Skip to main content

I Do Believe in a Woman's Right to Choose...

I'll be really honest. When it comes to the abortion discussion, I've never been a real fan of the "A woman has the right to choose what to do with her body" discussion. While I agree in theory with that statement, I don't find it particularly relevant to the discussion about abortion.

See, the way I see it (and I know this will identify me as one of "those"), once a woman is pregnant, she's already made her choice of what to do with her body. I try to keep this blog family-friendly, so I won't say more than that. But you see what I'm sayin'.

When Ole the Swede chooses to be a Lumberjack, he recognizes that a very possible result will be some type of chainsaw disfigurement at some time.

When Muskegon Mark chooses to work at the Paper Mill, he understands that he may well lose a finger in one of the paper machines.

When Jimmy Johnson climbs into one of his left-turn-only cars, he realizes that a fiery crash may be awaiting him.

When we make a choice, knowing the possible consequences, we really can't logically complain with the consequences befall us. Maybe the marital act should come with a waiver or something, but that would be hard to enforce.

Here's my point.

When a woman finds herself "with child", in most cases, she really has no one to blame but herself (I know there are exceptions and contributing factors). So it's a little disingenuous to try the ol' "I should be allowed to do what I want with my body." The truth is, she (and HE) already did.

Except for once.

If anyone, ever, in human history had a legitimate argument to say, "This is my body, and I don't want to be pregnant!" It was a young girl in Luke 1. We know her as Mary.

Her pregnancy had ABSOLUTELY NOTHING to do with any choice she had ever made. In no way was it a consequence (either direct or indirect) of any action she had ever taken. And yet, she was pregnant. For Mary, this was likely a much greater inconvenience than it ever is now. After all, in those days, they still stoned young girls who got pregnant outside of marriage.

So, when the angel told her that she was going to pregnant, no one would have been surprised if she had said, "Can I not?"

But Mary didn't say, "No". Instead her response is shocking and insightful. She said first "I am the servant of the Lord." She saw this child (which she hadn't done anything to receive) as a responsibility she had been given from her master. Secondly, she said, "Let it be to me according to your word." She completely gave up control of her life and determined to righteously live out the hand God had dealt her.

I wouldn't ask someone who didn't believe in God to respond this way.

But I really wonder if those who claim a belief in God or the Scriptures or Jesus can look at the story or Mary and come away without at least a question of whether or not there's a better way than "It's my body, I can cry if I want to..."

There's definitely more to say and think about this, but I'll leave this one open-ended and trust that some of you will have more to add.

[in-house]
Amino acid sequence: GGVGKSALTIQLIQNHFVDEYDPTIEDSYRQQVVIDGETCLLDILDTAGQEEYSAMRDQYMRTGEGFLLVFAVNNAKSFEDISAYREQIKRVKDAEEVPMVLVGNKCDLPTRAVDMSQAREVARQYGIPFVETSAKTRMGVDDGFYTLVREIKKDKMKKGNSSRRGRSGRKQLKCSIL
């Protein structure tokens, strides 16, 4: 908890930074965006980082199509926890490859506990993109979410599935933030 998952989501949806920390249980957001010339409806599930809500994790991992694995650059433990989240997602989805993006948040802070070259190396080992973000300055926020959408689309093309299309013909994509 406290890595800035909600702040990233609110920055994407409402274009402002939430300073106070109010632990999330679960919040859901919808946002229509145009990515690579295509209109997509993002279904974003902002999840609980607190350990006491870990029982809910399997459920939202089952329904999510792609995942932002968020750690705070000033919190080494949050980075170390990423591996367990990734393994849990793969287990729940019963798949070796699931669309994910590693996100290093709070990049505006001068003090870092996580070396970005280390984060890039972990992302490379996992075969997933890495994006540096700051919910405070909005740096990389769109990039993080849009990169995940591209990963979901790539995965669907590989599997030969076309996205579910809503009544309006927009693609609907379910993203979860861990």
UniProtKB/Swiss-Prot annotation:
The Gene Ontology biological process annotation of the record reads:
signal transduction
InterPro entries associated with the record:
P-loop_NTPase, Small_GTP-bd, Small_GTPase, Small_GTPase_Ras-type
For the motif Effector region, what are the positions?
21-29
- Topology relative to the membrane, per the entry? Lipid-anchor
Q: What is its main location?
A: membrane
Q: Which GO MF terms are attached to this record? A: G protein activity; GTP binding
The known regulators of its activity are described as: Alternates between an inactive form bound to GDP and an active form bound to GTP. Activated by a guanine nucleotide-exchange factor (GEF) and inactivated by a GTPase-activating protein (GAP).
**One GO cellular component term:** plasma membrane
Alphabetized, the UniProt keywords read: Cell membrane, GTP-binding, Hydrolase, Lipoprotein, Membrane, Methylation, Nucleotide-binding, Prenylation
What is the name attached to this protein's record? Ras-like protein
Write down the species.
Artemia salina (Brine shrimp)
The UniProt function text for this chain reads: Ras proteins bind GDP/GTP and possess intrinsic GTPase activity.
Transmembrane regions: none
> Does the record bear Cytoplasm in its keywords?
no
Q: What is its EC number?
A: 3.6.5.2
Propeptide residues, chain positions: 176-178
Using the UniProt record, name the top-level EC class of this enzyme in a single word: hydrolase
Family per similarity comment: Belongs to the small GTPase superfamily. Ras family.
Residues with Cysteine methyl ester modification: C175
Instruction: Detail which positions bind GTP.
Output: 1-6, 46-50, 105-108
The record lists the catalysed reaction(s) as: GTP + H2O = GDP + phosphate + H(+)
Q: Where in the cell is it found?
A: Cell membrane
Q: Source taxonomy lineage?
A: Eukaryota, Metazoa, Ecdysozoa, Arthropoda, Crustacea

Comments

Popular posts from this blog

The Inability of Metaphors and Similes to Describe the Church

The difference between a metaphor and a simile is the word "like."   (that's perhaps overly simplistic, but useful: Metaphor: You're a Dog. Simile: You're like a Dog. Of course, neither a metaphor nor a simile really does a good job of  proclaiming reality: You aren't a Dog. Often times, Jesus and His friends used metaphors and similes to  describe the church. Some of them would be: The church is (like a) house The church is (like a) family The church is (like a) body The church is (like a) temple All of these are useful for helping us understand some nature or  function of the church, but none of them are terribly effective as a  comprehensive description of the reality of the church: The church is not a house The church is not a family The church is not a body The church is not a temple The church is the church. It is completely different than any other  organism/organization known to man. It is a spiritually-joined,  mis

I Shall Have My Revenge

I shall have my revenge I'm not sure I have the quote exactly right, but in the movie Gladiator , Russell Crowe's character says something to the effect of, "I am husband to a murdered wife, father to a murdered son and I shall have my revenge in this life or the next. " I am typically not a big fan of vengeance. It's not usually a wise course of action. However, yesterday this quote came to mind while I was delivering some money to a friend (wisdom side note: never loan money to a friend. Give it to them. If they pay you back, you still have your money but if they don't you still ave your friend ). I thought to myself, "the person who is giving this gift isn't expecting to be paid back, but they will be… In this life or the next. In This Life or the Next Sometimes we live as if we only believe in this life. We make no provisions or plans for the next life. Sometimes we are so focused on taking care of ourselves

How I'm Going To End the Creation - Evolution Debate

You may or may not be aware that coffee has a very quick “mold-creation” rate.  If you leave a cup of coffee sitting out for too long, it will quickly begin to develop mold spores.  In fact, I would imagine, that in just a week or two a mug of coffee would develop a bog-like surface if left alone. Therefore. I’m placing a full mug of coffee in a secluded room where it will be undisturbed.  I’m also leaving instructions in my will that in 100 years, my grandchildren are to go into that room and document the lives of all the mold creatures that have come to life. That’ll show those silly creationists.